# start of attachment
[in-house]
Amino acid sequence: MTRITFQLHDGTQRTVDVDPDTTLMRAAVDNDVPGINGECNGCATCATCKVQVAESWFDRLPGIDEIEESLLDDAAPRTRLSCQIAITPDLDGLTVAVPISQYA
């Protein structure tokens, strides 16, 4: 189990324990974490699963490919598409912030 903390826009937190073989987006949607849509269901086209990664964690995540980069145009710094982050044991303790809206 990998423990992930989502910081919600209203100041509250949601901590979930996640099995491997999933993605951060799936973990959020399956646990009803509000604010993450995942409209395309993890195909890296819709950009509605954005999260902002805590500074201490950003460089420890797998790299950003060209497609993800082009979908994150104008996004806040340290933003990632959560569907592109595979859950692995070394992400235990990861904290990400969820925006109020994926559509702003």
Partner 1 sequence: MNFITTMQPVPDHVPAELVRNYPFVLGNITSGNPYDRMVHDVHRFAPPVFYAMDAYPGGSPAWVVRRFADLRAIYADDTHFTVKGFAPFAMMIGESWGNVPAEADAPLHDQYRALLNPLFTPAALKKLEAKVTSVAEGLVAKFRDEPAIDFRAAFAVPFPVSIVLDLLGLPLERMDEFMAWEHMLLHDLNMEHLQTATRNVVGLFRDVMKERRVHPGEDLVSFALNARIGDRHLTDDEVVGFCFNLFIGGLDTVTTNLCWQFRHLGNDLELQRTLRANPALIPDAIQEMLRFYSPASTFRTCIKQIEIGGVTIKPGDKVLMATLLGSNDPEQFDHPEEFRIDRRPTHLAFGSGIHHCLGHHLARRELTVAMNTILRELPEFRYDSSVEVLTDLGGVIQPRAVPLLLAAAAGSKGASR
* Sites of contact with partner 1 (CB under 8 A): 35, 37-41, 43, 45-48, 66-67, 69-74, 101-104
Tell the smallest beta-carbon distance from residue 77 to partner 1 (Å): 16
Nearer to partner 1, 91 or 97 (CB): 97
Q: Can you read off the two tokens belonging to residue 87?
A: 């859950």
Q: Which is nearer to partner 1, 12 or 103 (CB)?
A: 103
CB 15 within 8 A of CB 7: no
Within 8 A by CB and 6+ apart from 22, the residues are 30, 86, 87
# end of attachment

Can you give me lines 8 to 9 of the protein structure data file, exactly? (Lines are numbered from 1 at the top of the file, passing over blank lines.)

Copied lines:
Q: Can you read off the two tokens belonging to residue 87?
A: 């859950």